Chapter

Criticism and the Death of Scripture

Robert Morgan and John Barton

in Biblical Interpretation

Published in print September 1988 | ISBN: 9780192132567
Published online March 2012 | e-ISBN: 9780191670060 | DOI: http://dx.doi.org/10.1093/acprof:oso/9780192132567.003.0002

Series: Oxford Bible Series

Criticism and the Death of Scripture

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This chapter begins with a discussion of David Friedrich Strauss's controversial book, The Life of Jesus, which was seen as a massive assault upon the central tenets of Christianity. Strauss showed, in a piece-by-piece analysis of each Gospel incident, that these stories were not history, but something else. If traditional supernaturalism depended upon the historicity of the Gospels, its fabric was relentlessly unpicked by Strauss's analysis. The chapter then analyses the works of H. S. Reimarus, a deist, i.e. he believed in God, but not in revelation, miracles, or other supernatural interventions; and those of John William Colenso, the missionary bishop of Natal, whose writings reveal the credibility gap between the plain words of scripture, which were still officially held to be inerrant, and what educated people in fact believed.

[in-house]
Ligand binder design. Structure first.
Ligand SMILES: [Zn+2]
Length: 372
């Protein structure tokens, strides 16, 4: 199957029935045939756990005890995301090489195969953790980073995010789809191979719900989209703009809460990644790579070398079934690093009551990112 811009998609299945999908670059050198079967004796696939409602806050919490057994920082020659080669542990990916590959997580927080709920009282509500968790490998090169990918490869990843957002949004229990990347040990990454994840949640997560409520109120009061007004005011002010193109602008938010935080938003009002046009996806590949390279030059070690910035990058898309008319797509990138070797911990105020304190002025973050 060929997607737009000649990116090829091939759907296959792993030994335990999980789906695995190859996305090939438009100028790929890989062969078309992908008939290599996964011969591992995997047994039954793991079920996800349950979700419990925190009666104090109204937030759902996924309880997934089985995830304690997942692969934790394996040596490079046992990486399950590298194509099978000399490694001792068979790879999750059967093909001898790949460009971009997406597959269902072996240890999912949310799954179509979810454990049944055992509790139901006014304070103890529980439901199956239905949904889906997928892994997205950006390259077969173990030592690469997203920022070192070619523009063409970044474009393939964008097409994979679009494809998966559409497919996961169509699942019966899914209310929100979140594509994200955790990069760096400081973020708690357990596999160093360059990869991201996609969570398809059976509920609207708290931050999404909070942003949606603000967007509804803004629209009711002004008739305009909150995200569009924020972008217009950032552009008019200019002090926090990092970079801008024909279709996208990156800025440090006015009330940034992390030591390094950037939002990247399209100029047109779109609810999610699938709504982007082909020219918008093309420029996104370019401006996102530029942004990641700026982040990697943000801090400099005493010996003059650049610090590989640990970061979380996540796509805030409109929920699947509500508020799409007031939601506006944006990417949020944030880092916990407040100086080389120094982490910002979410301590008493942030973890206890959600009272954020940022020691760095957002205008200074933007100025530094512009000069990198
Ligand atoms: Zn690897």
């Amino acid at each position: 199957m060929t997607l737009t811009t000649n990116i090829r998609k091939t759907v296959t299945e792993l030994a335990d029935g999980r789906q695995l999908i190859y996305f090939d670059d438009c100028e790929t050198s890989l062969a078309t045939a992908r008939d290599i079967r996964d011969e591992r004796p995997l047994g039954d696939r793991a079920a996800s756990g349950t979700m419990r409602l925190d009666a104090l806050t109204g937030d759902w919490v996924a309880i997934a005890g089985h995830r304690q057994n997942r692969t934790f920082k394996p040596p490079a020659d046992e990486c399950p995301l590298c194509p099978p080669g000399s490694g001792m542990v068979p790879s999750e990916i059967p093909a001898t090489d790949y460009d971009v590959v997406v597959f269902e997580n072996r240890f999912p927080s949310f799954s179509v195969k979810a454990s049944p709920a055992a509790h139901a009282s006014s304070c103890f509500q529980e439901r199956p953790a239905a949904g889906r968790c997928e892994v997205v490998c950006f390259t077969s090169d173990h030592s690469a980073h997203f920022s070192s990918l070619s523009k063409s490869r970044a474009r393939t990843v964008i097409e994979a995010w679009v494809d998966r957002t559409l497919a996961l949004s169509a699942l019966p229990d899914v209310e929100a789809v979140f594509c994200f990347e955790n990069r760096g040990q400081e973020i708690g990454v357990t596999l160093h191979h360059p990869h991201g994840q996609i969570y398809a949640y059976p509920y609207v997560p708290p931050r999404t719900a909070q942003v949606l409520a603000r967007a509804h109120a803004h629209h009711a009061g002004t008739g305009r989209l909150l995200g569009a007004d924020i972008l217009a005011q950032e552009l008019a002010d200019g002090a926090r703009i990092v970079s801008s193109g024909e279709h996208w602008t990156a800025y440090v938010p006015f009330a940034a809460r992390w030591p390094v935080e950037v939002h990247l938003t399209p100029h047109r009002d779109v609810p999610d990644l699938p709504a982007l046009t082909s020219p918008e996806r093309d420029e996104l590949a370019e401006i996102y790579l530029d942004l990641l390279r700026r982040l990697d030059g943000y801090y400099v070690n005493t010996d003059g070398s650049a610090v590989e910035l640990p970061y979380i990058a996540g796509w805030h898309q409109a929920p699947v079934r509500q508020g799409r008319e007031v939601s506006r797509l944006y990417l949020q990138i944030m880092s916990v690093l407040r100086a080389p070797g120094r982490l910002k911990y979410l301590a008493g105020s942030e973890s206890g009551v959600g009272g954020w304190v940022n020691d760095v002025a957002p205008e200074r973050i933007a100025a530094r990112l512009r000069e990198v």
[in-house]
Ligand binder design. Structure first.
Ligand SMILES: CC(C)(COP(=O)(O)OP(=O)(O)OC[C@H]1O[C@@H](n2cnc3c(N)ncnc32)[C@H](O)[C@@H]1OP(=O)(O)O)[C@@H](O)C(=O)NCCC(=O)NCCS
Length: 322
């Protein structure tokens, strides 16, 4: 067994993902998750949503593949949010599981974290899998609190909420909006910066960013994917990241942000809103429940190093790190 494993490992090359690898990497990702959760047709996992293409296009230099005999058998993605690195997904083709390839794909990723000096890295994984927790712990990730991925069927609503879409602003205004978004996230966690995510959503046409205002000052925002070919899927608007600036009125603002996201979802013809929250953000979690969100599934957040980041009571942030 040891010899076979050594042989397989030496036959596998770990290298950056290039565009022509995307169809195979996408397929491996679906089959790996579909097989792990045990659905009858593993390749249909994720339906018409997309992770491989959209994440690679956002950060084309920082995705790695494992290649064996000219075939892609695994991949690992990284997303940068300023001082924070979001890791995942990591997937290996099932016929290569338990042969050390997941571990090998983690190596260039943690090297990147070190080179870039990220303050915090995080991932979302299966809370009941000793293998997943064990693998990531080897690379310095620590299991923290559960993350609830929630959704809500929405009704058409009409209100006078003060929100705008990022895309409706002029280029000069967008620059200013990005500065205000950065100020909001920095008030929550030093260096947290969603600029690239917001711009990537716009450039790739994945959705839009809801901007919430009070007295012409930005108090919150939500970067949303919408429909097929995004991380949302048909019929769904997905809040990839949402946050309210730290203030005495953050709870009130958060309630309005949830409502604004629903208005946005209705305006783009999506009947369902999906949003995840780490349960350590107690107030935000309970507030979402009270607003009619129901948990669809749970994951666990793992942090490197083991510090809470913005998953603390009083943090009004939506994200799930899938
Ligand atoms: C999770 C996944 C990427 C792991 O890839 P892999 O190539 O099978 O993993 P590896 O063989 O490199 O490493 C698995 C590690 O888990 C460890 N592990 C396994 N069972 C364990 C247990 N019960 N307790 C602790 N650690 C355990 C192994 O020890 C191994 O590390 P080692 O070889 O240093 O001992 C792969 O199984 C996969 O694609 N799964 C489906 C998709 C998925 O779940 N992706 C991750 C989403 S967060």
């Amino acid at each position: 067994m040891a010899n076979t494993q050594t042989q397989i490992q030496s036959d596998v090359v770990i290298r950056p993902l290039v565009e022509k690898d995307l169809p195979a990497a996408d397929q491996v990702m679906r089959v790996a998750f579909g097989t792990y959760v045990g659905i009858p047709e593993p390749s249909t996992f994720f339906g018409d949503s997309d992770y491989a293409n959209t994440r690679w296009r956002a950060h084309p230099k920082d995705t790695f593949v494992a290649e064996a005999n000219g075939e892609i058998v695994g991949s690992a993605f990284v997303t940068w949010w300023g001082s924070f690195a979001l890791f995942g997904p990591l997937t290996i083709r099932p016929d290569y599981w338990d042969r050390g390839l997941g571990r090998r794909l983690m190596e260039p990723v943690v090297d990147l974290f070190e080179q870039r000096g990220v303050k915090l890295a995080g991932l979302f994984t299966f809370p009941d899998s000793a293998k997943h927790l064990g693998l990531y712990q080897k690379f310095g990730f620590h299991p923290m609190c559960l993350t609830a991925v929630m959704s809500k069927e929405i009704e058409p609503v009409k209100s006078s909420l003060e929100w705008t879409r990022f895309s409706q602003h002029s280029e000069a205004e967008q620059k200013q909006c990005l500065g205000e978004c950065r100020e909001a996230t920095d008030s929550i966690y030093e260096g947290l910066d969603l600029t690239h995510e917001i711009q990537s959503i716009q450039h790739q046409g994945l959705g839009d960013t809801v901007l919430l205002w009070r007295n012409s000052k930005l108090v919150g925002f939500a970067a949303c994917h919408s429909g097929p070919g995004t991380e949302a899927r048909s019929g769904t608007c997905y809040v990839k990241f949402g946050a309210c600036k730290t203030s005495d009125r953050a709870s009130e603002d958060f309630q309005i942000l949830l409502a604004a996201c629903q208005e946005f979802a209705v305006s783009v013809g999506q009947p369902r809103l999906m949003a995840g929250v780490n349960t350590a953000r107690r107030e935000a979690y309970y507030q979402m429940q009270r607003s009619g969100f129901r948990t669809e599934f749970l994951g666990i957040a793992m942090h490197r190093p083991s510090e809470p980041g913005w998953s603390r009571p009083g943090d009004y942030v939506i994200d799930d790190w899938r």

Keywords: David Friedrich Strauss; Life of Jesus; Christianity; gospels; H. S. Reimarus; John William Colenso; biblical scholarship

Chapter.  6615 words. 

Subjects: Biblical Studies

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